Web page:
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Passing the Bar


For many Americans, a truly balanced breakfast comes secondary to ease and convenience, with a simple bowl of cereal being far more common than freshly prepared eggs, sausage and pancakes for busy families to chow down on before heading to work or school.

Still, even a bowl of cereal isn’t a fast-enough eat for some consumers. An increasing number of such Americans are turning to cereal bars and other types of bars for sustenance.

Not only do healthy, portable snacks like cereal bars make up three of the four breakfast-type foods with the fastest-growing popularity over the past decade, but the number of households using cereal bars increased by 50 percent in the last 10 years, according to market research publisher Packaged Facts.

And it’s not just cereal bars that are creating what Dwight Richmond, global grocery purchasing coordinator at Whole Foods Market, called “a bar revolution.” Snacks bars, protein bars, energy bars, granola bars, yogurt bars and nutrition bars are on an upswing, too. In fact, more than 1,000 nutrition bars are on the market today, compared to just 226 in 2005.

“It comes down to convenience and taste,” Michelle DeLamielleure, senior consumer insights manager for General Mills Convenience & Foodservice, told Convenience Store News. “Bars offer a convenient, portable format and appeal to c-store shoppers who are seeking out a great-tasting snack, as well as something that may be a little better for them.”

Snack preferences are changing, and suppliers have taken notice. Along with manufacturers like General Mills and Kellogg Co., whose cereal brands are options for bar varieties, companies better known for their candy brands have launched bar lines.

Bars’ portability and lack of a mess are among the most attractive features for today’s consumers, who are increasingly eating on the go and willing to replace a full meal with snacking.

Bars also offer a wide array of flavors for those who crave variety, and their functional benefits include weight management and easy protein replenishment.

Who is buying bars? Convenience stores with an active, athletic customer base are more likely to do well by offering a variety of nutrition bars. High-volume consumers of nutrition bars are more likely to report they enjoy taking risks and participate in outdoor sports such as biking, mountain/rock climbing and backpacking, according to Packaged Facts research.

Consumers engaged in sports and fitness activities are beginning to favor savory bars, likely due to the fact that sweet flavors are often consumed earlier in the day.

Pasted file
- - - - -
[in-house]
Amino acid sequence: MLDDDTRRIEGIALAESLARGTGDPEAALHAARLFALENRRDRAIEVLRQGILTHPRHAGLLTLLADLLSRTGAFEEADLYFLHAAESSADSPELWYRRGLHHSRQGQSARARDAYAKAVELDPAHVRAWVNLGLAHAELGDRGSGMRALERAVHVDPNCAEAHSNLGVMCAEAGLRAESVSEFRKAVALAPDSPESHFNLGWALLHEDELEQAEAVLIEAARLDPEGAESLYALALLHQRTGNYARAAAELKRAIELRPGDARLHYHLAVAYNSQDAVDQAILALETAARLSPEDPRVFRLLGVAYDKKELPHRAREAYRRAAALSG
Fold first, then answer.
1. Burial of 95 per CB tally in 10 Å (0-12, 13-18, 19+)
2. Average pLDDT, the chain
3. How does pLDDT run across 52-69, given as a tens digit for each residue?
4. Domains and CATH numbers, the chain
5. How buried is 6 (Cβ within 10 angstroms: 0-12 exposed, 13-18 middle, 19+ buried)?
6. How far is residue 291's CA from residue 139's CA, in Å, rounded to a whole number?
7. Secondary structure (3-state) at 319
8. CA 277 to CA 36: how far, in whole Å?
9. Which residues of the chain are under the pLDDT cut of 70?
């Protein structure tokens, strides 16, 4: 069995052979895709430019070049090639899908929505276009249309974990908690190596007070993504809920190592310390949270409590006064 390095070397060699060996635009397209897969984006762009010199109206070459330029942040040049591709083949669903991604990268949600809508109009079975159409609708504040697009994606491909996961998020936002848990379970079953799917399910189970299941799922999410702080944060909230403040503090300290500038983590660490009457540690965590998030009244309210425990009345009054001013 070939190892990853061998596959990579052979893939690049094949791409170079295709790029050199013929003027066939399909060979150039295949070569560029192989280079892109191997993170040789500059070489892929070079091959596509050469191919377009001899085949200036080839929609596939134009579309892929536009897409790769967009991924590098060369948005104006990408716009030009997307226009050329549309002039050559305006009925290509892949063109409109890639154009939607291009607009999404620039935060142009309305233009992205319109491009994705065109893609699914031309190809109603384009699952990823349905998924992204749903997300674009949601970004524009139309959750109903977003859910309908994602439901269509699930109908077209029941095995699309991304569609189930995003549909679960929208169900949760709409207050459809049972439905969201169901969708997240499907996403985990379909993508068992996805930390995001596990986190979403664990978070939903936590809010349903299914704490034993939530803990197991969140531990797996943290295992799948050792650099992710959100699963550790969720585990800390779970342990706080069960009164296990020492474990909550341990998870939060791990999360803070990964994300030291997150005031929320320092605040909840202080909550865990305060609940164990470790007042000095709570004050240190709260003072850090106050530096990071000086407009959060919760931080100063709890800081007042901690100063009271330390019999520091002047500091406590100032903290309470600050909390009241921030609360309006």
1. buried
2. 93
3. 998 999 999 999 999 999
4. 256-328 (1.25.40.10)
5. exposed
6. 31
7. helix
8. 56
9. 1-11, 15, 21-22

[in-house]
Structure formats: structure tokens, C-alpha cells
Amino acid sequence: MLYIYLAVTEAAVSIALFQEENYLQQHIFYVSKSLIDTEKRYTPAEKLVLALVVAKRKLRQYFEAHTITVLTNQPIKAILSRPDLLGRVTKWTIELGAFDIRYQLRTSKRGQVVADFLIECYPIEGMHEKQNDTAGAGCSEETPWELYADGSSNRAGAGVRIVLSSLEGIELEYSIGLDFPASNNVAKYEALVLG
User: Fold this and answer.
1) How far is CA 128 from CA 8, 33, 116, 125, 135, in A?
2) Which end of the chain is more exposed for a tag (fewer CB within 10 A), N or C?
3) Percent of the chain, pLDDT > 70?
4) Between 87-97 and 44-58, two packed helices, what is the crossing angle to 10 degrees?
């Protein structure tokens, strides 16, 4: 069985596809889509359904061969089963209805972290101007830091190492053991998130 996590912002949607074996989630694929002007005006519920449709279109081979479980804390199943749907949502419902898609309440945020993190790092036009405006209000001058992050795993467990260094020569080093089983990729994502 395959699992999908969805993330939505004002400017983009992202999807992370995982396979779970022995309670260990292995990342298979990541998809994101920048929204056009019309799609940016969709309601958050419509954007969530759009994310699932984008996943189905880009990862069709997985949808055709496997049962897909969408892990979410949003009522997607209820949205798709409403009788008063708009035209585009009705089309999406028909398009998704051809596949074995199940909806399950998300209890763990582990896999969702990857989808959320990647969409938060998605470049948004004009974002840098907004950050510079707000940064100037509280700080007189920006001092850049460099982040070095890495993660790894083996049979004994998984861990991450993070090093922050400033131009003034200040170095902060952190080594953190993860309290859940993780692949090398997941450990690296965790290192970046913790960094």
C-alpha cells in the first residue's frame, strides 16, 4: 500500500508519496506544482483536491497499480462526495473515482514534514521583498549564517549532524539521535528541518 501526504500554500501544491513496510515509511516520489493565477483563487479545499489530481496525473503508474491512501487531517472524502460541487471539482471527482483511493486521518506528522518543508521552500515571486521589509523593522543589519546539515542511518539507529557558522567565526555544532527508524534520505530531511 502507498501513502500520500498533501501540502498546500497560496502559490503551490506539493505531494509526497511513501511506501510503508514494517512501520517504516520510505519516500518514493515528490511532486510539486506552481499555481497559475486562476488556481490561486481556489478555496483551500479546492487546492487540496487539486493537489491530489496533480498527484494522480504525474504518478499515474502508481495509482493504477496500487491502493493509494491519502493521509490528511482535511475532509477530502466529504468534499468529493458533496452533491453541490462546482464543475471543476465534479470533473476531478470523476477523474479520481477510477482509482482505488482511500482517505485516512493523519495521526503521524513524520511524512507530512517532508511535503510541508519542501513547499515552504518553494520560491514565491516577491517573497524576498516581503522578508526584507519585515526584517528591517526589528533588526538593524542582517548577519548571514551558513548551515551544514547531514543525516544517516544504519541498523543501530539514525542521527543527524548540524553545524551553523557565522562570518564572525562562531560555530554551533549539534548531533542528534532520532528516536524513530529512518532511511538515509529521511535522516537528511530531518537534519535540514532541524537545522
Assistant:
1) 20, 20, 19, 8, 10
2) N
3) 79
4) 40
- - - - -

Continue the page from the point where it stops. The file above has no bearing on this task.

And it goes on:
As for snack and cereal bars, while they appeal to a wide variety of demographic segments, they are the No. 1 food purchased at convenience stores to help with weight management. Customers who bought bars for this purpose cited their purchase reasoning as low calorie count, feeling good about eating them, great taste and prevention from overeating.

“In terms of flavor trends, we are seeing both sweet and savory bars do well,” said DeLamielleure. “Both millennials and generation Z are very multicultural and love different types of ethnic cuisines and flavors. They are likely to experiment with new foods, flavors and dishes to broaden their horizons. Thus, the next crop of new bars will likely include unique flavors.”

Another up-and-coming trend in the bars segment is in the labeling and packaging instead of the product. Suppliers are developing simpler, cleaner ingredient labels for bars and other snacks, a move primarily driven by millennials but supported across all adult age groups.

Additionally, more bars are making use of photography of the actual product or transparent packaging that lets consumers see the actual product, including The Hershey Co.’s Brookside line of bars and General Mills’ Nature Valley Roasted Nut Crunch and Simple Nut bars.

“In general, people want flavor variety in their snacks and, at the same time, they want inherently better-for-you snacks that take the mystery out of what’s in their food,” DeLamielleure added.

This may result in a long-term shift in consumer purchasing habits as Packaged Facts sees a permanent transition away from three square meals, combined with the desire for alternate breakfast foods and better-for-you products. What’s more, bars are an efficient platform for packaged food suppliers to respond to the latest concerns of healthy-eating consumers.

The overall snack bar market, including nutrition and cereal/granola bars, is forecast to approach $8 billion in 2019, according to Packaged Facts.

This is good news for c-store operators who stand to benefit from the strong profit margin of individually wrapped bars. Americans who consume the most bars also have the cash to do so — market intelligence agency Mintel found that higher income levels correspond with bar purchases, with households that earn between $100,000 and $149,000 consuming the most bars.

More than 1,000 nutrition bars are on the market today, compared to just 226 in 2005.

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